Waiting list for IVF in Scotland halved
Waiting lists for IVF in Scotland have more than halved since the Scottish Government moved to speed up the system and tighten up those who could access the treatment on the NHS.
Ministers acted to bring in reforms after research found vast differences in waiting times and the number of treatment cycles on offer across the country.
New lifestyle criteria was introduced in May 2013 with men and women who smoke banned from proceeding with the treatment.
Women were told they must also have a BMI of between 18.5 and 30 in order to be referred.
In addition, the numbers of cycles offered were reduced in some areas to make all women in Scotland entitled to just two rounds of IVF or sperm injections.
As a result, The Scottish Government has now far exceeded its own targets with 100 per cent of women accessing IVF treatment within one year of being referred to one of Scotland’s four specialist centres.
Figures show a dramatic reduction in women waiting for their treatment to begin since the reforms.
In December 2012, a total of 1,672 women were waiting to begin treatment.
Two years later in December 2014, following the introduction of the new criteria, just 726 women were on the waiting list.
The Scottish Government spent £12m between September 2012 and 2015 to improve waiting times for women and their partners.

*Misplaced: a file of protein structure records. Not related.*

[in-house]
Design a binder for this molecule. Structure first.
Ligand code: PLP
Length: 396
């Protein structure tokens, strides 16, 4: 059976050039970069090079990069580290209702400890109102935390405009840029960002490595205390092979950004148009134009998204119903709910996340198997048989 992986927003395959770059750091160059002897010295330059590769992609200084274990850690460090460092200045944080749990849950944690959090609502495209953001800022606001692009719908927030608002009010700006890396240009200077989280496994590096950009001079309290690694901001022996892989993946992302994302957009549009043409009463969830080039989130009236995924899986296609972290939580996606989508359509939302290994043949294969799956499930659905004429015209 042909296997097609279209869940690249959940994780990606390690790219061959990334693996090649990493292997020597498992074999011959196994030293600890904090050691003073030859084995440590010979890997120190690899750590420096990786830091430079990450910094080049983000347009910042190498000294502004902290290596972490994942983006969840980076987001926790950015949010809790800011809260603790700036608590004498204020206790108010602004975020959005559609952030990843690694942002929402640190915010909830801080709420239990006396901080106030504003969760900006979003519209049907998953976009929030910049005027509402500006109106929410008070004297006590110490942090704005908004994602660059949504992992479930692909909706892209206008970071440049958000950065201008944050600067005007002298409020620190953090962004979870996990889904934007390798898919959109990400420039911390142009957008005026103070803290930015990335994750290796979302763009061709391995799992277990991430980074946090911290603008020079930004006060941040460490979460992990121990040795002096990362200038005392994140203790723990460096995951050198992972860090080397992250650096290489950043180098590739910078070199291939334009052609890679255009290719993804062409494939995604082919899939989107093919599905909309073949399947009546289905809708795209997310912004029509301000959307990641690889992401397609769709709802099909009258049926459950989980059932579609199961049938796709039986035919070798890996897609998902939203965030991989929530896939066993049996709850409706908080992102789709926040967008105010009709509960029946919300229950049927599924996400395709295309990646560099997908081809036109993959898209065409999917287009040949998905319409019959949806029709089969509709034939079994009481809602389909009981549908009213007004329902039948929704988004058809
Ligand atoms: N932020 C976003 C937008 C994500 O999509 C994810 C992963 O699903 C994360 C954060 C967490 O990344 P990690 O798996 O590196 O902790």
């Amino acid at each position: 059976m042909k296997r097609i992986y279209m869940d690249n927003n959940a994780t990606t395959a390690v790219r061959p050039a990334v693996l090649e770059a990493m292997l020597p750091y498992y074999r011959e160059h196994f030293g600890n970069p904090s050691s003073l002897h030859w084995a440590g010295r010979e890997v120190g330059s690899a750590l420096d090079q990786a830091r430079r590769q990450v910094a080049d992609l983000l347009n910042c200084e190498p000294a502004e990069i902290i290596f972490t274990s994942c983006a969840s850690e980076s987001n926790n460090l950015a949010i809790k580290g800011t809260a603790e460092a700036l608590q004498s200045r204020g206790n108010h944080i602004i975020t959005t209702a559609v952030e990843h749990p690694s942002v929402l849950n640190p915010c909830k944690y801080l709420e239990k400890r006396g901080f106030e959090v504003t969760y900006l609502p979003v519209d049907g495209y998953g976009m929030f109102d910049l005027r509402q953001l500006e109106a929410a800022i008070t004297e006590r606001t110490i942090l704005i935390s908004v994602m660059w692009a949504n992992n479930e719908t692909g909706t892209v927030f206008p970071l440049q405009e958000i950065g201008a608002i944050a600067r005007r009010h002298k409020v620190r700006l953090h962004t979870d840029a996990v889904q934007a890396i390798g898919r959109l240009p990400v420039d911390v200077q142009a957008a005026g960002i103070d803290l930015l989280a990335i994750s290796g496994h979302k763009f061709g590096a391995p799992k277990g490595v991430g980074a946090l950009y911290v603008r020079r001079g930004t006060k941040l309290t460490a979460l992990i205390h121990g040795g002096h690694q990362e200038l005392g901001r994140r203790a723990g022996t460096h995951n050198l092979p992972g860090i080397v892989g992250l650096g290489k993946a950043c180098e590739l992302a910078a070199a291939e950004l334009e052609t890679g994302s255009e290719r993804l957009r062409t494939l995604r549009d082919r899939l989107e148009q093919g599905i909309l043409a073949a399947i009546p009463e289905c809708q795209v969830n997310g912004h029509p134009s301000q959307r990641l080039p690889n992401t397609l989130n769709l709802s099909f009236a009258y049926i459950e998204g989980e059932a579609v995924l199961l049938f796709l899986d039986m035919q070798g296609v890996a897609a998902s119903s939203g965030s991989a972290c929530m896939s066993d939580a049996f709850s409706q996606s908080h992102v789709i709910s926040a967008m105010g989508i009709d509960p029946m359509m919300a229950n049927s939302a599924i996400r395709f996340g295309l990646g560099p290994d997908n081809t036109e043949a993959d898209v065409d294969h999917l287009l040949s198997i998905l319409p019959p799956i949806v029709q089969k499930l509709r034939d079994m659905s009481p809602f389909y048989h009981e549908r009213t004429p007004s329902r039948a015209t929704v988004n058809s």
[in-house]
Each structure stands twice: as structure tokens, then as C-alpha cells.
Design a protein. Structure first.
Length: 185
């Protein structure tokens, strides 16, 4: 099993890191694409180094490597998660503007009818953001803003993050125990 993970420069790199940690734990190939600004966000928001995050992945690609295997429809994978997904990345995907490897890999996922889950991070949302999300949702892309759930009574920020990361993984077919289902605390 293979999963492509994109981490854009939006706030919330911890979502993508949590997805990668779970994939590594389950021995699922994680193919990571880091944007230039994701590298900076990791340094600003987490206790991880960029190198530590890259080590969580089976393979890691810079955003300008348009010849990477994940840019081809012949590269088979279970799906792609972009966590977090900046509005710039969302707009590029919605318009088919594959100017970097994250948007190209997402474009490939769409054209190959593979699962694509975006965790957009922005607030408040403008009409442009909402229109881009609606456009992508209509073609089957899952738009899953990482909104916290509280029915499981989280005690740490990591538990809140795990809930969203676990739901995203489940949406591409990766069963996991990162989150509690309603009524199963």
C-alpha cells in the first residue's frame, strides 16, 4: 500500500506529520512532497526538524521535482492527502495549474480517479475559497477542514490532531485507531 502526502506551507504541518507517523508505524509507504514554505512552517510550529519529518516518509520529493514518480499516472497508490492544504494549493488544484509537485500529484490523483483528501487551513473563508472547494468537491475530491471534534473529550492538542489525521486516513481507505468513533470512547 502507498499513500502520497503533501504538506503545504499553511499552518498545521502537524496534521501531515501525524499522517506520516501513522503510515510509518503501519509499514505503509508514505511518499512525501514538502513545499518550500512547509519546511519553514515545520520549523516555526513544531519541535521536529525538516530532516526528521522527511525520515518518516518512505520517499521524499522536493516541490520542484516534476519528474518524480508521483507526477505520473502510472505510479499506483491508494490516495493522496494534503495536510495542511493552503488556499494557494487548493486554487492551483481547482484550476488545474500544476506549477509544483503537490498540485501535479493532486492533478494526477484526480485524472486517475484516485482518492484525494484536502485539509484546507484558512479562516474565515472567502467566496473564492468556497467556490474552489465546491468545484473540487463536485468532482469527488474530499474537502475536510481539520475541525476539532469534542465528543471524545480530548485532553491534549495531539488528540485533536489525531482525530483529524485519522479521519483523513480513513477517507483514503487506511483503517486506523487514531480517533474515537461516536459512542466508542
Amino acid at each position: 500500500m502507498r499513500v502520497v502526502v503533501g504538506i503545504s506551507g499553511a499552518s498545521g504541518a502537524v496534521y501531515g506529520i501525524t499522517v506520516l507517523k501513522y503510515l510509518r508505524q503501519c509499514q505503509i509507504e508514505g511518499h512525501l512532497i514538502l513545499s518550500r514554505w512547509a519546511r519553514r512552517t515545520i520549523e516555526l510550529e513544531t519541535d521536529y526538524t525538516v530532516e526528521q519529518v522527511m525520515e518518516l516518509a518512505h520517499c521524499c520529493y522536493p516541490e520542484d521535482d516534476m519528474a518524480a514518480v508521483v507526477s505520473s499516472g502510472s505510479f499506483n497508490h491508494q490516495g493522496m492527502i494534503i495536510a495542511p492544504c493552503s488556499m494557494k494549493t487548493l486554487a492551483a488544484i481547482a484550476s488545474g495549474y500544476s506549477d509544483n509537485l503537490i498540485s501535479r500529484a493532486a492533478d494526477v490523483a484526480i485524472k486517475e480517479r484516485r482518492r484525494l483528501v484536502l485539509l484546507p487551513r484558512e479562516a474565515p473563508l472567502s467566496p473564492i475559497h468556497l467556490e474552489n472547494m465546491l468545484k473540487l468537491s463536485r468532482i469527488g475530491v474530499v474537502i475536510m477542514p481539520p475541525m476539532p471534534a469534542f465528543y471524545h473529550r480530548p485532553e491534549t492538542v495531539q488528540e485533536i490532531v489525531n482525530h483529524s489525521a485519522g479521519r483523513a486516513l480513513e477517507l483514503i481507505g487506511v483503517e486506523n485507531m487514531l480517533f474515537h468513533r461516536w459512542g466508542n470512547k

In 2013, it was reported that patients treated at NHS Grampian waited the longest for IVF to begin, at three years and eight months.
More commonly, women and their partners waited between a year-and-a-half to two years.
Anecdotally, it has been suggested that women are now waiting for just six to eight months at some centres.
While some women are turned away to lose weight, they tend to be returned to the system when they meet the criteria, it is understood.
It is not clear how the new criteria had reduced the numbers of women coming into the system with this information not yet available.
A Scottish Government spokesperson said: “The National Infertility Group is currently conducting a review of the implementation of the access criteria changes. Data is being collected for this review, which includes data on numbers.
“The National Infertility Group will then analyse the results and expects to make recommendations to Scottish Ministers early in 2016.”